Cleveland's air quality is improving
Air quality in Cleveland's metro area, as measured by fine particle pollution, has gotten a lot healthier, Axios' Alex Fitzpatrick and Kavya Beheraj report.
Why it matters: Fine particles, generated from fossil fuel burning and other sources, can enter our bodies when we breathe, making their way to the lungs or bloodstream and causing myriad health problems.
- They are linked to nearly 11,000 excess deaths across the U.S. annually, according to a 2021 New York University study.
- Non-white and low-income Americans are at a higher risk of death from exposure to fine particle pollution compared with other groups, per a 2022 study published in the journal Nature.
By the numbers: The three-year rolling annual average concentration of fine particle pollution across the Cleveland area was 9.2 micrograms per cubic meter as of 2021 (the latest year for which data is available), compared with 17.3 in 2000 — a 47% decrease.
- Concentrations below 12 micrograms per cubic meter are considered healthy, the EPA says — though it is seeking to tighten that standard.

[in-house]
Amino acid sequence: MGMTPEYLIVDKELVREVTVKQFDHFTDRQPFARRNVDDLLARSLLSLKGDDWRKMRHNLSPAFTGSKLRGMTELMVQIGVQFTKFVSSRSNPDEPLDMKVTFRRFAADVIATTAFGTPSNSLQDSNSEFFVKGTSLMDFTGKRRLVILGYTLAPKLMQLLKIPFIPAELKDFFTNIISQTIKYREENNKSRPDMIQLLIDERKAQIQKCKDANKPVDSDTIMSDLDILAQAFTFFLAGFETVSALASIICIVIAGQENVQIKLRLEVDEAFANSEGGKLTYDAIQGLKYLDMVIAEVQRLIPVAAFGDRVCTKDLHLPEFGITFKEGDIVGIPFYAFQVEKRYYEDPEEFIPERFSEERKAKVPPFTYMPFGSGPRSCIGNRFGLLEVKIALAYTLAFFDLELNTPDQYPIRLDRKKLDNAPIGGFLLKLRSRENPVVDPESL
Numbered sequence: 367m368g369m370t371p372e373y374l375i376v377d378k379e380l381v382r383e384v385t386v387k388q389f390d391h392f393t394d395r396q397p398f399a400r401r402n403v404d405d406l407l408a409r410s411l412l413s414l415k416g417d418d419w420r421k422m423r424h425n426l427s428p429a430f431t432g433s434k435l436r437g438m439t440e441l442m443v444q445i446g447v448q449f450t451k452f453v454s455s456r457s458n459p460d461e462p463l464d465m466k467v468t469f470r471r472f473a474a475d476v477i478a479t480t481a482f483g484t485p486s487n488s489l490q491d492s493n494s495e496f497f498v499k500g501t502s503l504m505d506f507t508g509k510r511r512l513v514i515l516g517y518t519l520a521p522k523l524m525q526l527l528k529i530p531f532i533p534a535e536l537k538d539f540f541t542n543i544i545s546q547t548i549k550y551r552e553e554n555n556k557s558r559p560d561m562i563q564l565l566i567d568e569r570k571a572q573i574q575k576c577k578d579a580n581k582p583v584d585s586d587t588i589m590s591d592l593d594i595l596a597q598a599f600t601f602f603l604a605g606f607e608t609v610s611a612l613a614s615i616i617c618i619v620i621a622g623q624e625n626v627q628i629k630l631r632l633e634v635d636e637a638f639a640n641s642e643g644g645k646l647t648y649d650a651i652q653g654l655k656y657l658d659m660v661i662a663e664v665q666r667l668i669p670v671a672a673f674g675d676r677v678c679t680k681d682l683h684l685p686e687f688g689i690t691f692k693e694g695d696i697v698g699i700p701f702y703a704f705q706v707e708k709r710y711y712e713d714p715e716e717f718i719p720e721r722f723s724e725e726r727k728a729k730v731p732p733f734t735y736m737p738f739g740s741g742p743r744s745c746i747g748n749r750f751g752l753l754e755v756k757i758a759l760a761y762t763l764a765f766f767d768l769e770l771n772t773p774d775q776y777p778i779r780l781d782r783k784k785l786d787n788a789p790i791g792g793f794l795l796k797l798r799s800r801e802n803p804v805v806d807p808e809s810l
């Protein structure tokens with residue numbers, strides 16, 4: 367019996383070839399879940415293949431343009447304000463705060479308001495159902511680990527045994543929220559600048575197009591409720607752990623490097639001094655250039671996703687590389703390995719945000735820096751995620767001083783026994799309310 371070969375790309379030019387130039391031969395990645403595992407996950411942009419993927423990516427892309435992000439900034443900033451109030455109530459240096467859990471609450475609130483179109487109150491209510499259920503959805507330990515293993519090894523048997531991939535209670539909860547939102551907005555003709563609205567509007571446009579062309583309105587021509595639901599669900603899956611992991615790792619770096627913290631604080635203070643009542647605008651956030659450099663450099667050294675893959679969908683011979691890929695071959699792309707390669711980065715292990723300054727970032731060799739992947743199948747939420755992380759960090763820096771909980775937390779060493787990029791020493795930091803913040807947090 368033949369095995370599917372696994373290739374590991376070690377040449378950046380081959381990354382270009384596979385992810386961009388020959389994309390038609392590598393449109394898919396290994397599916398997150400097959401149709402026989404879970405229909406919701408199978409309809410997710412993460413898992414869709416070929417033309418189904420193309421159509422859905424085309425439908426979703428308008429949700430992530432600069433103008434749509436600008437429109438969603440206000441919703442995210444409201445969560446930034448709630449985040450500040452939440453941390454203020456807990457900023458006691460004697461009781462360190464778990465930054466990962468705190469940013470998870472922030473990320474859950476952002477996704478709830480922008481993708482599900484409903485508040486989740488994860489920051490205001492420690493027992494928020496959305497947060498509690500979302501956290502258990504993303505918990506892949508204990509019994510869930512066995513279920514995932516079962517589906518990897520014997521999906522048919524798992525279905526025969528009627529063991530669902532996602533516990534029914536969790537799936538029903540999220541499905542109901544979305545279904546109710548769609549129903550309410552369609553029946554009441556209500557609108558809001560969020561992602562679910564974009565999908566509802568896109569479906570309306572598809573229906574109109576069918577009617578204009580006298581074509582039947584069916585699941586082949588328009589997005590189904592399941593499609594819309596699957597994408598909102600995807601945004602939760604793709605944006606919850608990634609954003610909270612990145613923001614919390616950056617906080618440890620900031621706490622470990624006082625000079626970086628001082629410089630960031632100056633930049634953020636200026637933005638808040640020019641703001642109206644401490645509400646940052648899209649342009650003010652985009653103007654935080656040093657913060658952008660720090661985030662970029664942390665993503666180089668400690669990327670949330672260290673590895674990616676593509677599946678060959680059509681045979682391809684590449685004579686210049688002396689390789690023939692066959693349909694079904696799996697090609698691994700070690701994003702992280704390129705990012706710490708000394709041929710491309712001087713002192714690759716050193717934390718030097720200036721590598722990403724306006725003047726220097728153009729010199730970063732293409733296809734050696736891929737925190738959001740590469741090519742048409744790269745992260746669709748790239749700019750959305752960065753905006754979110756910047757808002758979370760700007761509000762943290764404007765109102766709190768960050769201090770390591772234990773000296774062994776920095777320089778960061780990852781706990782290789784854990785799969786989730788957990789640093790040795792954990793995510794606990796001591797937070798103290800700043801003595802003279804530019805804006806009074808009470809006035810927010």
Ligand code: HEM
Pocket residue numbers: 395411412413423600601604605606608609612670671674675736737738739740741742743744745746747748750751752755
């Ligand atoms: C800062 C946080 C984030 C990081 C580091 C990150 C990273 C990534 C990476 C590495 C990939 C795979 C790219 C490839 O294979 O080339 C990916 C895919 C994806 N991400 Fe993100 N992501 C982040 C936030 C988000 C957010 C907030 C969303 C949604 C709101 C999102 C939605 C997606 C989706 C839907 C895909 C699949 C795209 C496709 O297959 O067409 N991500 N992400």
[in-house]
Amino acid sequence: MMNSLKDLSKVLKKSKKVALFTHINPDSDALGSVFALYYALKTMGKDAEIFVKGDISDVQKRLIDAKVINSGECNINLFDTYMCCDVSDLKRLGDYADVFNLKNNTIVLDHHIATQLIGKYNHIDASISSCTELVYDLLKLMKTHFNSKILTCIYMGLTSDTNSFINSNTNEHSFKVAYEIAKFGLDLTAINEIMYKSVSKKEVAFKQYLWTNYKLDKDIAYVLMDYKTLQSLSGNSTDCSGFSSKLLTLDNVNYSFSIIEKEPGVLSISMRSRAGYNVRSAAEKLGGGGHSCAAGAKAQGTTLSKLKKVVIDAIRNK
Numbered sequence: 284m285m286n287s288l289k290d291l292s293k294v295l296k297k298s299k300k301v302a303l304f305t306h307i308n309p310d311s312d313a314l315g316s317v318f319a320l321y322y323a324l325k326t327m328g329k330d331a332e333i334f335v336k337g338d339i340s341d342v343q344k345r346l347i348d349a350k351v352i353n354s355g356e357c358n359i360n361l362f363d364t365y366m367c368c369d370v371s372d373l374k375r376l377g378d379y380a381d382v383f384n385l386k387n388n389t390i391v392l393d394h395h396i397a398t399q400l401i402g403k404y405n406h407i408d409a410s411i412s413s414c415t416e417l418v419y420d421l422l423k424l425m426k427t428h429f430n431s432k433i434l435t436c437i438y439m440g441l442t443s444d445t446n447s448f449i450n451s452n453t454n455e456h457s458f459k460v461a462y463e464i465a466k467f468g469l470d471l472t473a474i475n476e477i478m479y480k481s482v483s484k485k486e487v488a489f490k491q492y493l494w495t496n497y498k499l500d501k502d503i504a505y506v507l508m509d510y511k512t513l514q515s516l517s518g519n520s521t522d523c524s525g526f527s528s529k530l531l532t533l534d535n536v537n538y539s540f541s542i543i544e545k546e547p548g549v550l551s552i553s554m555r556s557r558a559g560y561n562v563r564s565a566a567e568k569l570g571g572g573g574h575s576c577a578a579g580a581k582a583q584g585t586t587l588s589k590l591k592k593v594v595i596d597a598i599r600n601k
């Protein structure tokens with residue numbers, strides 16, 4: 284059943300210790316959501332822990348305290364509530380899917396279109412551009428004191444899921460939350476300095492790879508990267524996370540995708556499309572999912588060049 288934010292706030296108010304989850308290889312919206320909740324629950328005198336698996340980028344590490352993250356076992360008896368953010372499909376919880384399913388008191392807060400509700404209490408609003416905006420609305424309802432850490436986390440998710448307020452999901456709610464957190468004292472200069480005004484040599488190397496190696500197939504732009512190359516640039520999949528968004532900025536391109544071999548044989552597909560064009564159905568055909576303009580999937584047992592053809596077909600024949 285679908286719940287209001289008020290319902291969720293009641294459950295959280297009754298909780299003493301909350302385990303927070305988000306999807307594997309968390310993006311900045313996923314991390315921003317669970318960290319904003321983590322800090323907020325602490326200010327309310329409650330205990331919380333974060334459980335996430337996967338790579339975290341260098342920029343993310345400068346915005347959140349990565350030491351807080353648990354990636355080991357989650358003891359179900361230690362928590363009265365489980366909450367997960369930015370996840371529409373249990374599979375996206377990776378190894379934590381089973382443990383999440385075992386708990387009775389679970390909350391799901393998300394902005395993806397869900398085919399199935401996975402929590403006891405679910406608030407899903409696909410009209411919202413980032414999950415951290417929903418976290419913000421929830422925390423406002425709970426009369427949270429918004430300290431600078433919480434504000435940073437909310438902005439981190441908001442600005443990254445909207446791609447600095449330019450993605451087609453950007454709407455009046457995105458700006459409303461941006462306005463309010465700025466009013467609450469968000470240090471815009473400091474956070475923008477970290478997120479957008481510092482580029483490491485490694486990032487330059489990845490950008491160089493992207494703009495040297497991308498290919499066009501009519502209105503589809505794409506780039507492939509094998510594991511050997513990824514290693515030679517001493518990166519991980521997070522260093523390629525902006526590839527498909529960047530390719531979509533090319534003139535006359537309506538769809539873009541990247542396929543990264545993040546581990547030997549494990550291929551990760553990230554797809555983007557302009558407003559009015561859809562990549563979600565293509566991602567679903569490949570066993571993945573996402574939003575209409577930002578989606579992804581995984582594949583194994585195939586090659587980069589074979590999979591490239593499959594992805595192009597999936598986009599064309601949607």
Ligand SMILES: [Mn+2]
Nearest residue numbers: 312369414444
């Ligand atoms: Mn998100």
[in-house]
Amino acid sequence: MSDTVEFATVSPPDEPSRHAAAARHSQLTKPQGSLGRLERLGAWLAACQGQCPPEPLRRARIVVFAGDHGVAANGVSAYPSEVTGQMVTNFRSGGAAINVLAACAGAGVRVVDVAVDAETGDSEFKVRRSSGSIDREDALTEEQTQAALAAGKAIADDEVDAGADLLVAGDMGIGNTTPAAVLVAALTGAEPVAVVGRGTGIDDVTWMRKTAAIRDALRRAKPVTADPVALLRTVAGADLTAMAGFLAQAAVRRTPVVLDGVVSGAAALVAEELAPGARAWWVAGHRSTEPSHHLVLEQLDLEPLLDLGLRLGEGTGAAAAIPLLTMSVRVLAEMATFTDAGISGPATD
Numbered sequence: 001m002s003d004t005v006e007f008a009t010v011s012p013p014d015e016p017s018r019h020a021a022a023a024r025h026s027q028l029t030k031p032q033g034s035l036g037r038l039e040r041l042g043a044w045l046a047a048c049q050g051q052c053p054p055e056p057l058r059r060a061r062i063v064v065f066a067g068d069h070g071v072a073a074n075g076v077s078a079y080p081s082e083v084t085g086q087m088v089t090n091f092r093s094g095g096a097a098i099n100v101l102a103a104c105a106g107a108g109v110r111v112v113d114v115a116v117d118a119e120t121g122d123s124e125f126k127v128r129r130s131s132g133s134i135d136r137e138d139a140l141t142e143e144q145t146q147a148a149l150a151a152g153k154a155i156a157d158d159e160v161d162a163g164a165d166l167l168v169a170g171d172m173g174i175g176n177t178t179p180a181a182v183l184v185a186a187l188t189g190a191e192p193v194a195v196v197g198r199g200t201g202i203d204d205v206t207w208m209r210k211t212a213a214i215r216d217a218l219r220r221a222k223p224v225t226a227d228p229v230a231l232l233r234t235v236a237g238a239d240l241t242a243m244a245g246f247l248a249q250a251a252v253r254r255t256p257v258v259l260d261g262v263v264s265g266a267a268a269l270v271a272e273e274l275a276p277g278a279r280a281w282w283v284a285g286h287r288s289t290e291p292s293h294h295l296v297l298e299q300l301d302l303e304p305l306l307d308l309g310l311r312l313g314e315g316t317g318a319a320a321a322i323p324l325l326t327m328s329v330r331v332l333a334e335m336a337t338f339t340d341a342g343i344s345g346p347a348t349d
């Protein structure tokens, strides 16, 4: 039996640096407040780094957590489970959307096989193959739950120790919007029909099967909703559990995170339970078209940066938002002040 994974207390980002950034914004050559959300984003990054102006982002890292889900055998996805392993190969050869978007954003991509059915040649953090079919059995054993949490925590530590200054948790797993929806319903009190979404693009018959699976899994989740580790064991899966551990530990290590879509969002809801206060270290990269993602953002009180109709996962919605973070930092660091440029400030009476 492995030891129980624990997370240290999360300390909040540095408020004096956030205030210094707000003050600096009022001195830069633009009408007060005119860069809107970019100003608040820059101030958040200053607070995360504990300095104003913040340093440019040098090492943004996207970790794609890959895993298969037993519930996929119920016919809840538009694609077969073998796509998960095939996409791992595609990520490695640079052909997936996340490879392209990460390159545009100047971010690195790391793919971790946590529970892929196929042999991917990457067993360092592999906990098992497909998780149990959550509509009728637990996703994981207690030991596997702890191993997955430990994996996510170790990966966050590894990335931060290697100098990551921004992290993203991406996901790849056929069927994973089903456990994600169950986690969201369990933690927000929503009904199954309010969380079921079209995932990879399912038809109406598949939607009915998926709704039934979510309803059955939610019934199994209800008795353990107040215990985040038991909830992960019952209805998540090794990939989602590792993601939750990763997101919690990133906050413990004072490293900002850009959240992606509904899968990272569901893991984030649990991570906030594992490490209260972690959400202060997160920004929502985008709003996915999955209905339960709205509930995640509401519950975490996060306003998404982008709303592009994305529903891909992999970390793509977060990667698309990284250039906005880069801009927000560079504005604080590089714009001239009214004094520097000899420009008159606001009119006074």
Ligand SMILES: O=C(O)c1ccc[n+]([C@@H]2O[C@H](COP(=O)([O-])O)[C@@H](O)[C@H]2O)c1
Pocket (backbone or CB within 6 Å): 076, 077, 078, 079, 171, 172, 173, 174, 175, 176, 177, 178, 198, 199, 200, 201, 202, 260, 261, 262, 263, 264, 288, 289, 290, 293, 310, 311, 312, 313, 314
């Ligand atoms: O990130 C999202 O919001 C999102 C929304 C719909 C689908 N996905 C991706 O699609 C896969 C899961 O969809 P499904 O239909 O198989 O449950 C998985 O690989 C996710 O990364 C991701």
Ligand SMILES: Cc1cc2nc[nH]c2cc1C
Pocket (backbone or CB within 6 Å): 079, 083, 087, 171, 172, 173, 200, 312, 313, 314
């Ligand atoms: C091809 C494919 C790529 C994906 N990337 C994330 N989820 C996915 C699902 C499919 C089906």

The big picture: Air quality generally improved nationwide during the height of the COVID-19 pandemic, in part because fewer people were driving.
- But as the pandemic ebbs and people's behaviors and activities return to normal, air quality nationally is declining accordingly.
What's next: The EPA in January proposed reducing its fine particle pollution standard from 12 micrograms per cubic meter to "a level between 9 and 10."
- Changing the standard to 9 micrograms would prevent up to 4,200 premature deaths per year and 270,000 lost workdays per year, and result in as much as $43 billion in net health benefits in 2032, the agency says.
- The EPA is also taking other steps to improve air quality, including via newly proposed vehicle emissions standards.
Yes, but: Public health advocacy groups say the fine particulate standard should be even lower than the EPA's proposed range.
- The agency's proposal "misses the mark and is inadequate to protect public health from this deadly pollutant," the American Lung Association said in a statement.
The other side: Industry groups, meanwhile, argue that lowering the standard would be overly burdensome.
The bottom line: As the fight over lowering the fine particle standard heats up, the EPA once again finds itself at the heart of the climate change and public health debate.
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